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Charles Hamilton Sorley (1895-1916) from The Letters of Charles Sorley, 1919. . Courtesy Internet Archive.

Charles Hamilton Sorley (19 May 1895 - 13 October 1915) was a Scottish poet killed in World War I.

Life Edit

Sorley was born in Aberdeen, Scotland, the son of Janet (Smith) and William Ritchie Sorley. He was educated, like Siegfried Sassoon, at Marlborough College (1908-1913). At Marlborough, Sorley's favourite pursuit was cross-country running in the rain, a theme evident in many of his pre-war poems, including "Rain" and "The Song of the Ungirt Runners". Before taking up a scholarship to study at University College, Oxford, Sorley spent a little more than six months in Germany, three months of which were at Schwerin studying the language and local culture. Then he enrolled at the University of Jena, and studied there up to the outbreak of World War I.[1] After Britain declared war on Germany, Sorley was detained for an afternoon in Trier, but released on the same day and told to leave the country.[2]

He returned to England and volunteered for military service, joining the Suffolk Regiment. He arrived at the Western Front in France as a lieutenant in May 1915, and quickly rose to the rank of captain at the age of 20. Sorley was killed in action near Hulluch,[1][3] where he was shot in the head by a sniper at the Battle of Loos on 13 October 1915.[2]


Robert Graves, a contemporary of Sorley's, described him in his book Goodbye to All That as "one of the three poets of importance killed during the war". (The other two were Isaac Rosenberg and Wilfred Owen.) Sorley may be seen as a forerunner of Sassoon and Owen, and his unsentimental style stands in direct contrast to that of Rupert Brooke. Sorley's last poem was recovered from his kit after his death, and includes some of his most famous lines:

When you see millions of the mouthless dead
Across your dreams in pale battalions go


Sorley's sole work was published posthumously in January 1916 and immediately became a critical success, with six editions printed that year. Sorley was regarded by some, including the Poet Laureate John Masefield (1878-1967), as the greatest loss of all the poets killed during the war.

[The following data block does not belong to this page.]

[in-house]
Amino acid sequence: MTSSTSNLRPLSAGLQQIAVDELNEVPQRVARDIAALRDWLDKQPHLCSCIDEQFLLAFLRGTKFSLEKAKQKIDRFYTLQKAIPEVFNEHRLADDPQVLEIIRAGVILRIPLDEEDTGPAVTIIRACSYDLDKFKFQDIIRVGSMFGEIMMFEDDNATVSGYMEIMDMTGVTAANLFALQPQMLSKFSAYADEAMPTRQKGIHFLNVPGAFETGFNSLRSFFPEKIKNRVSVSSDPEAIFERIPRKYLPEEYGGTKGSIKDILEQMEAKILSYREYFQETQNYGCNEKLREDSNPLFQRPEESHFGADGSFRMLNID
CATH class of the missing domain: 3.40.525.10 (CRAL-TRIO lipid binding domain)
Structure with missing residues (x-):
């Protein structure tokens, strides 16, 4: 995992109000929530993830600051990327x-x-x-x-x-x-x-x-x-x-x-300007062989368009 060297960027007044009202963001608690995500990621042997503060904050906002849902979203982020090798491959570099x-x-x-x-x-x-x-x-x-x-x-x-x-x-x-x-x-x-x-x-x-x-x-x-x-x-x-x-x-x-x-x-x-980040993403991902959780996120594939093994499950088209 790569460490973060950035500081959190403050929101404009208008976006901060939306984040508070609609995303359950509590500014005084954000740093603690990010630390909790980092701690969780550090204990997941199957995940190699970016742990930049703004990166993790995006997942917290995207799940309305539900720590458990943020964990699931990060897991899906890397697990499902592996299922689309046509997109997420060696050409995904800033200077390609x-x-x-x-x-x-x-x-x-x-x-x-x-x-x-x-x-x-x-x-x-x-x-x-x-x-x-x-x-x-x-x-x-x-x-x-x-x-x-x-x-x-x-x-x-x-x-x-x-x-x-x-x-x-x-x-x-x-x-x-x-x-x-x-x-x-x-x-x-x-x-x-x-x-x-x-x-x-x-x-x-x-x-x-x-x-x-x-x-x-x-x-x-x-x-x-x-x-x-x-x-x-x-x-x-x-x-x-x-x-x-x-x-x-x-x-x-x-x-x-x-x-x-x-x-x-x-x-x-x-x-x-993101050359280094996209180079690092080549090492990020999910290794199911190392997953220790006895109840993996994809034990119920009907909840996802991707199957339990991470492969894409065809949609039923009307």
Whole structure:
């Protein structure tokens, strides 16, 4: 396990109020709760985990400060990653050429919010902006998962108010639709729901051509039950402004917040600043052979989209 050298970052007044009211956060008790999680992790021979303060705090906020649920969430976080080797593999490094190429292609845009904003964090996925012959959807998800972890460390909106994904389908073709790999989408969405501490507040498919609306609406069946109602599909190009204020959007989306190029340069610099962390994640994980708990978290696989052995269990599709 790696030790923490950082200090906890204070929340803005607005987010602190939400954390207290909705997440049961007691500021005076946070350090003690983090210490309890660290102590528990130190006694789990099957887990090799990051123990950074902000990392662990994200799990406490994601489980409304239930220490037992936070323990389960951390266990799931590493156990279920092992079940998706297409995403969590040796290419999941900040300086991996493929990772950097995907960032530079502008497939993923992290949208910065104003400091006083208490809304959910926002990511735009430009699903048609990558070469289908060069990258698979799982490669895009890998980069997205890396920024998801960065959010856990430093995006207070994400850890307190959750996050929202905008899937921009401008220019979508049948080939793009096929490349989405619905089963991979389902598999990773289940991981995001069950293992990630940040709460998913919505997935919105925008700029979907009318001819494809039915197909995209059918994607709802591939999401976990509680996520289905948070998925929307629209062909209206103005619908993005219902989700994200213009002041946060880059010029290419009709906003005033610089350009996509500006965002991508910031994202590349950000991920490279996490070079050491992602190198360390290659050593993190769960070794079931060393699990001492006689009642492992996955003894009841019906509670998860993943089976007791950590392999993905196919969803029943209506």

On November 11, 1985, Sorley was among 16 Great War poets commemorated on a slate stone unveiled in Westminster Abbey's Poet's Corner. The inscription on the stone was written by Wilfred Owen. It reads: "My subject is War, and the pity of War. The Poetry is in the pity."[3]

Publications Edit


Collected editionsEdit

  • Poems and Selected Letters (edited by Hilda D. Spear). Dundee, Scotland, UK: Blackness Press, 1978.


  • Letters from Germany and the Army (edited by W.R. Sorley). Cambridge, UK: Cambridge University Press, 1916.
  • The Letters of Charles Sorley: With a chapter of biography (edited by W.R. Sorley & Janet Smith Sorley). Cambridge, UK: Cambridge University Press, 1919.
  • Collected Letters (edited by Jean Moorcroft Wilson). London: Cecil Woolf, 1987.

Except where noted, bibliographical information courtesy WorldCat.[4]

"When You See Millions of the Mouthless Dead" by Charles Sorley

"When You See Millions of the Mouthless Dead" by Charles Sorley

Poems by Charles Hamilton Sorley Edit

  1. The Song of the Ungirt Runners

See also Edit

References Edit

  1. 1.0 1.1 Osborne, E.B. The New Elizabethans. NY: John Lane Company, 1919.
  2. 2.0 2.1 Prose & Poetry - Charles Hamilton Sorley, First World Retrieved on 21 August 2009.
  3. 3.0 3.1 Poets of the Great War. Retrieved on 21 August 2009.
  4. Search results = au:Charles Hamilton Sorley, WorldCat, OCLC Online Computer Library Center Inc. Web, Feb. 27, 2015.

External linksEdit

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